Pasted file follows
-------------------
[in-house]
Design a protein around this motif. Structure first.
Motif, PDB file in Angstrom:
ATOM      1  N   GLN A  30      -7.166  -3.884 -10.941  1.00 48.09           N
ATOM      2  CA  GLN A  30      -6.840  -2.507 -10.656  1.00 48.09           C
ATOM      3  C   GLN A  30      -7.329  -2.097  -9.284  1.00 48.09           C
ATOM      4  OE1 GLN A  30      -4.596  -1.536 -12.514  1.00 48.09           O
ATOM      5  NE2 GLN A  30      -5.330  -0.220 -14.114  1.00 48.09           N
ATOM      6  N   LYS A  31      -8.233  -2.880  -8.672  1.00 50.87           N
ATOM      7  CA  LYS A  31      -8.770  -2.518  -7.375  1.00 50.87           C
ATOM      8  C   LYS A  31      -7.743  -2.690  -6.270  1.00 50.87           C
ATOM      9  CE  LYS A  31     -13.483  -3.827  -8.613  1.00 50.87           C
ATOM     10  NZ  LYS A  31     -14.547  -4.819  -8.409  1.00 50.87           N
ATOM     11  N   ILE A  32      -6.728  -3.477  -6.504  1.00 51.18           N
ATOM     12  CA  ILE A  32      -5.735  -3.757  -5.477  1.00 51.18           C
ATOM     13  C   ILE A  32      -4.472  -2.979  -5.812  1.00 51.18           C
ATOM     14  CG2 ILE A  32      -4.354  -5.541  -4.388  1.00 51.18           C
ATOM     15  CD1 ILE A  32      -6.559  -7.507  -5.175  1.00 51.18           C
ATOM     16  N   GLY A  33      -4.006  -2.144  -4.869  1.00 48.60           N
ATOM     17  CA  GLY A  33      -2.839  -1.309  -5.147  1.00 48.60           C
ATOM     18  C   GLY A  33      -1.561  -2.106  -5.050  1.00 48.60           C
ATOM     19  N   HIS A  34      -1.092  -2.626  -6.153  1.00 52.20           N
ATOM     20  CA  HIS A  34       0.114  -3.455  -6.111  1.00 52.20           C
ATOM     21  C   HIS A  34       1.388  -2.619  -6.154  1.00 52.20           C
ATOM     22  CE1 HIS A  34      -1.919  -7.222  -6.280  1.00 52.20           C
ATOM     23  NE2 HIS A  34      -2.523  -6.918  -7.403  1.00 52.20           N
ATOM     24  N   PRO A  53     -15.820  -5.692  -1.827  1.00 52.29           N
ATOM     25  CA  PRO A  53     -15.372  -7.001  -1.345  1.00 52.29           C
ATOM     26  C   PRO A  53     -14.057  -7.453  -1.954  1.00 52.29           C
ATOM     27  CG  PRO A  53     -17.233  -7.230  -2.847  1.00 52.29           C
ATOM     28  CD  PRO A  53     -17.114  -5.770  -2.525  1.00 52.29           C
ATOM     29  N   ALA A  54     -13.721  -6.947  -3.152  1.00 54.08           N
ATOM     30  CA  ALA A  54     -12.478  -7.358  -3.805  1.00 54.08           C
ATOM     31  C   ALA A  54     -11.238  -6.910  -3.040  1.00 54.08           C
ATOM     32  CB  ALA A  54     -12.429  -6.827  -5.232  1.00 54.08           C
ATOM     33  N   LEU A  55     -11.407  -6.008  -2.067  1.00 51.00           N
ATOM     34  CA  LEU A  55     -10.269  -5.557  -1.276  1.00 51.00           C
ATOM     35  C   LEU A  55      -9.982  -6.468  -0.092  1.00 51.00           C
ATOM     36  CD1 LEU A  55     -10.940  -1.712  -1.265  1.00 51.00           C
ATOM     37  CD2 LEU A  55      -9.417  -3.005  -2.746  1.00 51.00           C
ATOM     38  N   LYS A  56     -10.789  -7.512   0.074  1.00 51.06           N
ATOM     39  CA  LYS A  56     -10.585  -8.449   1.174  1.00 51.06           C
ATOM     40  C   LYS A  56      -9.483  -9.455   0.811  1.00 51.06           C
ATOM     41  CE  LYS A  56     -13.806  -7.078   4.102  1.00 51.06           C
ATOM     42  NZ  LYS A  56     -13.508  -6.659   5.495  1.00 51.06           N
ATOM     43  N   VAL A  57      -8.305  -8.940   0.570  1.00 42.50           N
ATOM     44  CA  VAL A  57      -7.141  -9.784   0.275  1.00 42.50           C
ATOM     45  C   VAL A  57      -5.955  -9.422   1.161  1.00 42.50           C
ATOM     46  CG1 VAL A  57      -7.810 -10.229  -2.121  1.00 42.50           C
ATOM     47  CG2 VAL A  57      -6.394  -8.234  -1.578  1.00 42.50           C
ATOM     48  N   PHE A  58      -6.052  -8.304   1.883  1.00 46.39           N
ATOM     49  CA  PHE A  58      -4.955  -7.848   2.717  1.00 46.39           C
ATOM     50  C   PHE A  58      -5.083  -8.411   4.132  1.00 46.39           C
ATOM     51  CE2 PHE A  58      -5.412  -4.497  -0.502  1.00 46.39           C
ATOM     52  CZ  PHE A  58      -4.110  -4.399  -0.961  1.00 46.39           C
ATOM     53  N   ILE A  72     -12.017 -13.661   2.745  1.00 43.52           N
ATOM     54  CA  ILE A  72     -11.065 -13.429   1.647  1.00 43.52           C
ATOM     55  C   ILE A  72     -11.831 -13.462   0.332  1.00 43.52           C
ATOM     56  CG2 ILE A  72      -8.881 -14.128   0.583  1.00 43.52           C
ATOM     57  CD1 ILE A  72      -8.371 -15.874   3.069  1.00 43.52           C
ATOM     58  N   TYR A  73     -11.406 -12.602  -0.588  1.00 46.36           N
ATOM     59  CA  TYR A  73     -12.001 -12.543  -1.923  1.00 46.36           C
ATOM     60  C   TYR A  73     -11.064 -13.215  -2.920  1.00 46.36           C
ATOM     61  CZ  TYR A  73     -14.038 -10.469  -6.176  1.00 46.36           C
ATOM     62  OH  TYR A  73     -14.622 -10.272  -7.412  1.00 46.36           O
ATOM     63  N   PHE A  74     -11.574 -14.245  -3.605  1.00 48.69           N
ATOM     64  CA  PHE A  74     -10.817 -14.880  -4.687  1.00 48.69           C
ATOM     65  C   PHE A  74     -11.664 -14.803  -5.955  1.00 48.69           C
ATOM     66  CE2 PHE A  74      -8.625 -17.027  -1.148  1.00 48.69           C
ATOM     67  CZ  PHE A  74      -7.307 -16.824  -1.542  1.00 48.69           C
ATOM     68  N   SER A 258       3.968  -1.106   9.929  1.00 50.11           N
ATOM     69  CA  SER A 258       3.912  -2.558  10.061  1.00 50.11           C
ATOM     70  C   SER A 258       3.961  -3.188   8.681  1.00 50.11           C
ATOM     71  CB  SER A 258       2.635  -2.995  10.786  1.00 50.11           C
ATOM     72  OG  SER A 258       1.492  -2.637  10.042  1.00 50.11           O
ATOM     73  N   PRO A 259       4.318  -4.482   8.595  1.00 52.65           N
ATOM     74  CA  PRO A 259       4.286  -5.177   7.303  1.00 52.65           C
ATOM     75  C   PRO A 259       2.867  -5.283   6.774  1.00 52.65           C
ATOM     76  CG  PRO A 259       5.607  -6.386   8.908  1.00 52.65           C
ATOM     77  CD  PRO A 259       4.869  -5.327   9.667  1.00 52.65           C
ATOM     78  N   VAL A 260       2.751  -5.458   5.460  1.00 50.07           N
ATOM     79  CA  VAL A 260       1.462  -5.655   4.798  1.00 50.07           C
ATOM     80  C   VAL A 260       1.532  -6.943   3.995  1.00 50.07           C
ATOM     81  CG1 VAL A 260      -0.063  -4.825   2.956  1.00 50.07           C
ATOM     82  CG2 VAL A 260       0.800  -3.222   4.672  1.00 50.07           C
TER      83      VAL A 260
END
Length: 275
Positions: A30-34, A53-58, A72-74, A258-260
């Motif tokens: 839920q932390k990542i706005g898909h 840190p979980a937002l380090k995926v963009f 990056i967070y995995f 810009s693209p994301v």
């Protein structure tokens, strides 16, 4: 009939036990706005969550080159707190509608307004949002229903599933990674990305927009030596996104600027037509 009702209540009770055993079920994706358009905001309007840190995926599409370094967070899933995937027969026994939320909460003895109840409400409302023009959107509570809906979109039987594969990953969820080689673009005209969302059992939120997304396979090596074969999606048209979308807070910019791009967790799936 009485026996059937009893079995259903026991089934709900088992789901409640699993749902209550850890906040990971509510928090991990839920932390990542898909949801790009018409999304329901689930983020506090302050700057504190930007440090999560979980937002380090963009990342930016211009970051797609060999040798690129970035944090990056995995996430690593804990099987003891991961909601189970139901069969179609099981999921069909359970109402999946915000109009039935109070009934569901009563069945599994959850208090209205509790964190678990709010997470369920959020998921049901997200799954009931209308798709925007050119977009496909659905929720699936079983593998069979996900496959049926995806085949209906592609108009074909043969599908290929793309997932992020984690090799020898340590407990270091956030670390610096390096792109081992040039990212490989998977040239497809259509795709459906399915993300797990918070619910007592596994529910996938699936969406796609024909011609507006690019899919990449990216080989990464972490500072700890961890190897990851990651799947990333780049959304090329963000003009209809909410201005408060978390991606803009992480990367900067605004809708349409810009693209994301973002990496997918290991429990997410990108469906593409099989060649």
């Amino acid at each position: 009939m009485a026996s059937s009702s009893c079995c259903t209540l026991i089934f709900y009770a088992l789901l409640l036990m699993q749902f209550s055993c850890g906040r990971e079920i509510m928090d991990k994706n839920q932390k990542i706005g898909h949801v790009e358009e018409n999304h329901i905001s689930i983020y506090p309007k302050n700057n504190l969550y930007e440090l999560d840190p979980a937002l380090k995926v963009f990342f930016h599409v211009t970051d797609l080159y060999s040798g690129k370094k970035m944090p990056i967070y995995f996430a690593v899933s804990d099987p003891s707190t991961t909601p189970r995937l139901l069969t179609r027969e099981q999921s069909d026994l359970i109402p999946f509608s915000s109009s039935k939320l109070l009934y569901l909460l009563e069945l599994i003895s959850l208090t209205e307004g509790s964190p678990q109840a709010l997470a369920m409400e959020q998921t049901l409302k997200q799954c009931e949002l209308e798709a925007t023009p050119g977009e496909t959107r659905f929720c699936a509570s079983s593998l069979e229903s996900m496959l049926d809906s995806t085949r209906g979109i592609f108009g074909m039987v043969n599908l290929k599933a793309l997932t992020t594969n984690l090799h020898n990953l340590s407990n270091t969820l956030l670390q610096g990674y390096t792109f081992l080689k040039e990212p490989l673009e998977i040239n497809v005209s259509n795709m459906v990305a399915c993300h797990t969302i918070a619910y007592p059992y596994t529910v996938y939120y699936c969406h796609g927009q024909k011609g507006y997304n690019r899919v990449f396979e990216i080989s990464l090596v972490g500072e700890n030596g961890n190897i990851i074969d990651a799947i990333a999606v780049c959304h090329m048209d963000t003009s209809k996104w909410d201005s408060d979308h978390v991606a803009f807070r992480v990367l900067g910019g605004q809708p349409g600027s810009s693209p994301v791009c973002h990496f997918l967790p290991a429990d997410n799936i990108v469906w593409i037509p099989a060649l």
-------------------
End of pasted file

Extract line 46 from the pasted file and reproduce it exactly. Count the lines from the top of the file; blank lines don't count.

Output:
ATOM     43  N   VAL A  57      -8.305  -8.940   0.570  1.00 42.50           N